415 Greenwich Street loft resale clobbers sponsor at Tribeca Summit, nears record
this may sting
The recent sellers of the “2,318 sq ft” Manhattan loft #3A at 415 Greenwich Street in the 2008 new development Tribeca Summit must have been paying attention. They no doubt noted the two most recent sales in the building: that #5B set a building record when it sold in October 2011 with significant upgrades in condition at $1,560/ft; and that the sponsor finally sold the highly relevant loft #8A on February 1 at $3.35mm.
So when they brought #3A to market on May 25 they stayed out of record territory and asked that same $3.35mm to let The Market tell them how big a discount there should be for the 5 floors difference in height (with 12’6” ceilings heights, that’s not nothing) in the “A” line. Who do you think was more surprised by The Market’s answer, the #3A sellers or the sponsor? Loft #3A took all of 3 weeks to find a contract at a 4.6% premium to the ask (and to the #8A clearing price).
Let’s do that again, with the numbers:
|#8A||asked $3.6mm||sold Feb 1||$3.35mm|
|#3A||asked $3.35mm||sold Aug 13||$3.505mm|
On a ranked dollar per foot basis, the last eight 3-bedroom sales in the building, going back through 2011:
|$1,560/ft||#5B||Oct 3, 2011|
|$1,512/ft||#3A||Aug 13, 2012|
|$1,445/ft||#8A||Feb 1, 2012|
|$1,389/ft||#8G||April 6, 2011|
|$1,305/ft||#5A||May 6, 2011|
|$1,276/ft||#THF||April 14, 2011|
|$1,276/ft||#THD||Mar 29, 2011|
|$1,266/ft||#6G||Feb 10, 2011|
It does not seem likely that the #3A sellers maintained their loft over 4 years much better than whatever tenants did to #8A, or that (if there had been any unusual wear and tear upstairs) the sponsor would not have brought everything back to original sale condition. (The recent #3A sellers paid $3,105,662, including the transfer fees, when they bought on May 20, 2008 from the sponsor.) And we know that in that set of eight 3-bedroom sales in 2012 and 2011, only #5B was in upgraded condition from when the units were first sold in 2008, yet even #5B in setting a building record was at a mere 3% premium to #3A on a dollar per foot basis.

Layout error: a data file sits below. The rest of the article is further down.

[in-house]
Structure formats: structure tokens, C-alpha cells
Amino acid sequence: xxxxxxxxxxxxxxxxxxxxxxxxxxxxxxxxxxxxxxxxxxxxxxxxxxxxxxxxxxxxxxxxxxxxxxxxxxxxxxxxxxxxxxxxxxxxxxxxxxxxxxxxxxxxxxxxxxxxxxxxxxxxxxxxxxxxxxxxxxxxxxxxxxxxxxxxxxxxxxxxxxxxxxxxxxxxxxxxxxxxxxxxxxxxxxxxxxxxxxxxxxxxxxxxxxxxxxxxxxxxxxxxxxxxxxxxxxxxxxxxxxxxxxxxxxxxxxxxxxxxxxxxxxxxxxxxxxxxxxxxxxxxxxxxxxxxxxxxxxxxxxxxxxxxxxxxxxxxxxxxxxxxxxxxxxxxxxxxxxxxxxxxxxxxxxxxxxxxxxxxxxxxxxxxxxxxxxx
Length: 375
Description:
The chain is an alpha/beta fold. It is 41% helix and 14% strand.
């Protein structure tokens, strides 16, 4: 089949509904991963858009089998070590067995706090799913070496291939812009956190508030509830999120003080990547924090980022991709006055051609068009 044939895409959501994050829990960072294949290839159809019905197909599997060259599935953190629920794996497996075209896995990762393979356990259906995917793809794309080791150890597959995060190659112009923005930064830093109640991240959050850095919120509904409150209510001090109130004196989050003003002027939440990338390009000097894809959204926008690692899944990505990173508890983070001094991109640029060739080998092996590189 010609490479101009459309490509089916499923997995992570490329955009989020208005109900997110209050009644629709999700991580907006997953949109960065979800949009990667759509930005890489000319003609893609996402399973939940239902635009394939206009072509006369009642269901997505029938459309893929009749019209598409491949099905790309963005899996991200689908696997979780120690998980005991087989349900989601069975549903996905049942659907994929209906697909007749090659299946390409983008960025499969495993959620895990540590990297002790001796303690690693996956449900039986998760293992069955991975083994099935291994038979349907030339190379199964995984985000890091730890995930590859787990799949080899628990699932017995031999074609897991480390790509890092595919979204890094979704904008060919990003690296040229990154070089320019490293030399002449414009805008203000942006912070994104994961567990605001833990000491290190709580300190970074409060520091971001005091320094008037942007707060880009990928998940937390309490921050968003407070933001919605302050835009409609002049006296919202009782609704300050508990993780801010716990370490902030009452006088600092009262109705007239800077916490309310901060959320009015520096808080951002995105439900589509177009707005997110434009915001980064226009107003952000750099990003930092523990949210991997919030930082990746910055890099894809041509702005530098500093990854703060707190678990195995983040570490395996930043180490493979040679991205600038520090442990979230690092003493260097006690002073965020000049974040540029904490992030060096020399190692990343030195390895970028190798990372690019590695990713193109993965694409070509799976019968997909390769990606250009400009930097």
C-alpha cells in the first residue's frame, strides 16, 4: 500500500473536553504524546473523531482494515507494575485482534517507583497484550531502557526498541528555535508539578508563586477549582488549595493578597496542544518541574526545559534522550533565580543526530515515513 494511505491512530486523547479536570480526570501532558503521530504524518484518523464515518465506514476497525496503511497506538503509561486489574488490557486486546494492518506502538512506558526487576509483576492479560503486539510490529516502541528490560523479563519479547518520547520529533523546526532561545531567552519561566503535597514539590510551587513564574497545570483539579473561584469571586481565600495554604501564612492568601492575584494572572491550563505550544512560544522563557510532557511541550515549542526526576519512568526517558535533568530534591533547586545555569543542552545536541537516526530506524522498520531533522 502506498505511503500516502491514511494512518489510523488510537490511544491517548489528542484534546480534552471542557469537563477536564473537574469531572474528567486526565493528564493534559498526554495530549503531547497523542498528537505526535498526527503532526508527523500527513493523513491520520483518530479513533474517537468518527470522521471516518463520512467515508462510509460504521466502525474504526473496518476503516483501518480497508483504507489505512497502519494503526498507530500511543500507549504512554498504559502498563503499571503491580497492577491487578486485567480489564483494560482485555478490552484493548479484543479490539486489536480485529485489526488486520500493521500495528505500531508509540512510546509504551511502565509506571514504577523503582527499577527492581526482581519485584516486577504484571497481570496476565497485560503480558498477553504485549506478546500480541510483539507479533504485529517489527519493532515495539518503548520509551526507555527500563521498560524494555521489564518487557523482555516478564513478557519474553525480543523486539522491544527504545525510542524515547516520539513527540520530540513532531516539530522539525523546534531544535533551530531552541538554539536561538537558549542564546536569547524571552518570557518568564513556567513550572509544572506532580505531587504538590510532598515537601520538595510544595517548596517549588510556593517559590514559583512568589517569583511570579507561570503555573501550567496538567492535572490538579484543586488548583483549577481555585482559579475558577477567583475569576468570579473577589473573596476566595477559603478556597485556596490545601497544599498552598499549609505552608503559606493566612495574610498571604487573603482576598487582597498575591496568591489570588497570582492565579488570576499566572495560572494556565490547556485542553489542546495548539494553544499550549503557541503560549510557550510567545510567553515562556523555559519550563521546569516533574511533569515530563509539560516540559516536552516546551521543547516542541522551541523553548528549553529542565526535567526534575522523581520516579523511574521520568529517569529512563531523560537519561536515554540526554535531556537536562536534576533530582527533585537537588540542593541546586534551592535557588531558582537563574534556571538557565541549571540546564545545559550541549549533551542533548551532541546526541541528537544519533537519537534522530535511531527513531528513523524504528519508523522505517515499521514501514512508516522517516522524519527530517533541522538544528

A couple of things are obvious. There was more than one very interested suitor for #3A three months ago, and none of them were interested in #8A more than three months before that. In other words, these #3A suitors were not in the market for a “2,318 sq ft” 3 bedroom loft with behind the Holland Tunnel spillways in Tribeca above $3mm when they could have bought #8A for $3.35mm or so.
Neither the #3A buyer at $3.505mm not the sponsor seller of #8A at $3.35mm is laughing, but there is no (rational) explanation for this pair of sales. It is just one of those The Market Is Funny Sometimes, In’it? moments. (Funny peculiar; not funny ha-ha.)
it gets worse
You can see why the sponsor* was willing to take $3.35mm for #8A this year if you look at the history of #5A, another of these same-line lofts sold by the sponsor after (one hopes) a tenant or two since 2007. (The floor plans are identical for these three “A”s, except that the entry doors might be in a different place in each.)
|Mar 23, 2006||new to market||$3.1mm|
|June 7, 2007||$3.2mm|
|Jan 25, 2008||$3.5mm|
|July 22||back on market|
|May 11, 2009||hiatus|
|Jan 7, 2010||back on market|
|Nov 17||back on market|
|Feb 10, 2011||contract|
With this odyssey, $3.025mm for #5A was manifestly a relief 18 months ago. With that market premise, selling #8A a year after #5A at $3.35mm probably felt like progress.
And then #3A this month at $3.505mm? Ha-ha.
*not the same sponsor
I don’t have the details to link to at hand, but “the sponsor” that recently sold #8A (and #5A, less recently) is not the same as “the sponsor” who marketed these lofts beginning in 2006. I don’t recall where the break falls, but it looks like it was after that May 2009 hiatus, and that the recent sales were by (lenders?) who took over the project when the original developer got ground up in the post-Lehman financial squeeze and market freese. The StreetEasy building page will give you dates of closings and corporate sellers if you want to see precisely when the break occurred, how many lofts were closed in the first efforts, and how many were after the sales efforts were revived. Knock yourself out.
new locution alert
I never noticed this before, but the sponsor’s broker babble has a peculiar locution to describe condition. I was going to say that I don’t think it will catch on, but the reselling agents for #3A
stole flattered it in their own 2012 babble:
every detail has been tediously tended to
Tediously. Not meticulously, which implies a high level of interest, if not craft. Tediously, as though someone was getting bored with it …. Which can happen if you have been triyng to sell these suckers in each year since 2006.
Still don’t think it will catch on.
© Sandy Mattingly 2012